Iron (Fe), copper (Cu), manganese (Mn), zinc (Zn), boron (B), and molybdenum (Mo) are the essential micronutrients. Deficiencies of one or more of the micronutrients have been noted on some crops in all sections of Florida. Perennial grasses and clovers on certain mineral soils in central and southern Florida, and all field crops on organic soils in the same area, have responded to applications of Cu, Mn, Fe, Zn, and B. Small grains and peanuts on phosphatic soils in central and northern Florida have responded to applications of Cu. Zn has controlled "white bud" of corn. Peanut "hollow heart" has been prevented by applications of B. Chlorosis of perennial grasses, generally on new growth in the spring on soils with a high pH or on light gray sands in central and southern Florida has been overcome by applications of Fe. As a seed treatment, Mo has improved the nodulation of soybeans grown on unlimed or inadequately limed soils. There are numerous other instances where one or more of the micronutrients have limited crop production.

Soil tests for micronutrients are expensive and difficult to interpret. Fertilization studies with micronutrients have not always been conclusive because many factors affect the response of plants to these elements. Therefore, local experience should serve as the primary guide as to the need for these nutrients. Micronutrient deficiencies are most likely to occur on organic soils, soils with pH >6.0, and virgin flatwood soils.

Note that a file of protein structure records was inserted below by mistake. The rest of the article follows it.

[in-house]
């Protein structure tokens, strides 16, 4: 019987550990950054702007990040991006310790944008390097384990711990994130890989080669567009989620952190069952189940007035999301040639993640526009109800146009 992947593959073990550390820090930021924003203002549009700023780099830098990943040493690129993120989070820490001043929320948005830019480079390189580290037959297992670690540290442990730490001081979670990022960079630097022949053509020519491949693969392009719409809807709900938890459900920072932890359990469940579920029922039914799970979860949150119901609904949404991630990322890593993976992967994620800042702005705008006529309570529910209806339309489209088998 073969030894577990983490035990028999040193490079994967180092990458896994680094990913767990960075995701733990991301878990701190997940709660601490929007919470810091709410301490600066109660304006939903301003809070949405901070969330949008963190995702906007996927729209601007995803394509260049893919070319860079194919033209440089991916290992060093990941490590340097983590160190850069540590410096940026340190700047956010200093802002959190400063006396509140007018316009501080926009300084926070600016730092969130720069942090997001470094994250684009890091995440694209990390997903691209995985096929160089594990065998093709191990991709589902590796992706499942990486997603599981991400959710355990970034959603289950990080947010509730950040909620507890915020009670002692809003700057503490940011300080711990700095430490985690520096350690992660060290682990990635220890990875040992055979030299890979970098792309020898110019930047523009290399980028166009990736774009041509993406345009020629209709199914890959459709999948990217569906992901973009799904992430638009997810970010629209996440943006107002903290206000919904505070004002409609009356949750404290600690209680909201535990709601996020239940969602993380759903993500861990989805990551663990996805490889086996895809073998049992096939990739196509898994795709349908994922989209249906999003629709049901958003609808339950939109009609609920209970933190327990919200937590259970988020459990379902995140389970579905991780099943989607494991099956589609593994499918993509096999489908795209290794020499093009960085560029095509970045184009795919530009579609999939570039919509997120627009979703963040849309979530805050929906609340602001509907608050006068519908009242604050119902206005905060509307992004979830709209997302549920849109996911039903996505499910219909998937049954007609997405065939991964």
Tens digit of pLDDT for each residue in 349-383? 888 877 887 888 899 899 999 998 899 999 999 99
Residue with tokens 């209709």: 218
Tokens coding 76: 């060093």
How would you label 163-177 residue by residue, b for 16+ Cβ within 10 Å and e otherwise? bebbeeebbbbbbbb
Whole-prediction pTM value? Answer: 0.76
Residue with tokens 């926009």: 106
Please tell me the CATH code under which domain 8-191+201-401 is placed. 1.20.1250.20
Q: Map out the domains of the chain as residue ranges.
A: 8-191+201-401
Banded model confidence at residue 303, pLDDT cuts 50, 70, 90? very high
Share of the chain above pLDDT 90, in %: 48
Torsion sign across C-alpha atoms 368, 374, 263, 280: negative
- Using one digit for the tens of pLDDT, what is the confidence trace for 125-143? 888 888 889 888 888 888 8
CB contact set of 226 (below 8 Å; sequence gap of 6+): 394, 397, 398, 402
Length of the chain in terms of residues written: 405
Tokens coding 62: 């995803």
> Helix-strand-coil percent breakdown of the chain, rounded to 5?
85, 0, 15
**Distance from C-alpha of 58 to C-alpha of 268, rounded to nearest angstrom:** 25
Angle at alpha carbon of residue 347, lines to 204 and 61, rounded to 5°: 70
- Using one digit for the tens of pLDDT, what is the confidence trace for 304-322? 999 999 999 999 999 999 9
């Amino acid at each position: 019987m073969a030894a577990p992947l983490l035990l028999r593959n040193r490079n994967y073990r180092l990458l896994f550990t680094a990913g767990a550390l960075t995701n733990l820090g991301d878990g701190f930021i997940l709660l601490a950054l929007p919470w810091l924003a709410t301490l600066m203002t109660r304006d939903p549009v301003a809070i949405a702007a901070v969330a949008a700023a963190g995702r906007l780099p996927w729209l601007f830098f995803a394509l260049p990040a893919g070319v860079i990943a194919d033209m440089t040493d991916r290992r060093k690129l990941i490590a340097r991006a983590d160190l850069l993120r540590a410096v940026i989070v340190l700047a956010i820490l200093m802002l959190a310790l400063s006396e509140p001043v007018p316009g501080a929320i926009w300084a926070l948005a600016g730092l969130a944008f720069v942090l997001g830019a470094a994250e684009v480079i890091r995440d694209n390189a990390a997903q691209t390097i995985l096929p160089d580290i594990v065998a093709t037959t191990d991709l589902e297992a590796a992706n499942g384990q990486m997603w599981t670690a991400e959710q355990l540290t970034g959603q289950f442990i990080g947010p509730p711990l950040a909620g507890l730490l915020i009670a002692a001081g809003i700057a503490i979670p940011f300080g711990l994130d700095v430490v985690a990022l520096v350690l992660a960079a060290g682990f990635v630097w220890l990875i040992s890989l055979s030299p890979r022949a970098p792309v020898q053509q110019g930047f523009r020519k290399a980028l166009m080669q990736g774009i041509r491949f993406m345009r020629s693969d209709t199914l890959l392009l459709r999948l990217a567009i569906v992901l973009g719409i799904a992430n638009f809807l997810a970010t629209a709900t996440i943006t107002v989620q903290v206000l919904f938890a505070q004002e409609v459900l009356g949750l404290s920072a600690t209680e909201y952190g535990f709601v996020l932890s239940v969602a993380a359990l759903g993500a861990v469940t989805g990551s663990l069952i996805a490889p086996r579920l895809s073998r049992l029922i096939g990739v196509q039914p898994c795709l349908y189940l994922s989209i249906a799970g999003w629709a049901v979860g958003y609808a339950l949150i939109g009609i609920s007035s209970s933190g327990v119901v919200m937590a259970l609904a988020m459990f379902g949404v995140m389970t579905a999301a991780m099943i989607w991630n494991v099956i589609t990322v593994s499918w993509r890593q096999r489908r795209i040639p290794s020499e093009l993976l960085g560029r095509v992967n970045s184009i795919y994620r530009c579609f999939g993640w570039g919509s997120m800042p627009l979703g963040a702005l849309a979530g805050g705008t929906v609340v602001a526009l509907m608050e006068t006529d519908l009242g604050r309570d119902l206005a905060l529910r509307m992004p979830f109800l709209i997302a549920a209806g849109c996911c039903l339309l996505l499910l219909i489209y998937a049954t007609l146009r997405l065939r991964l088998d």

For new plantings of forages on flatwood soils, 3 lb/A of copper should be applied with the initial fertilization.

In instances where deficiencies are probable, micronutrient applications serve as insurance against reduced yields. Some growers of peanuts and other high-value crops make routine applications of B and other micronutrients, especially when the soil pH is 6.0 or above. Soybean and some other legumes grown on soils with pH >6.0 often show Mn or other deficiency symptoms which can be corrected with periodic applications of micronutrients. Corn has shown manganese deficiency symptoms at early growth stages that tend to disappear as the root system develops.

Cu, Zn, Mn, and Fe may be supplied as oxides or sulfates. B is usually applied as borax or other borates. Plants respond equally well to all of these sources, but oxides are usually more economical to use than sulfates. Since there is a very small difference between sufficient and toxic amounts of B, care must be exercised when applying this micronutrient. Recommended amounts should not be exceeded.

When forages are grazed there is recycling of nutrients within the soil-plant-animals system. Livestock mineral mixtures containing micronutrients make small but important contributions of these elements to the soil. Harvest of hay or silage increases the removal of all elements from the soil.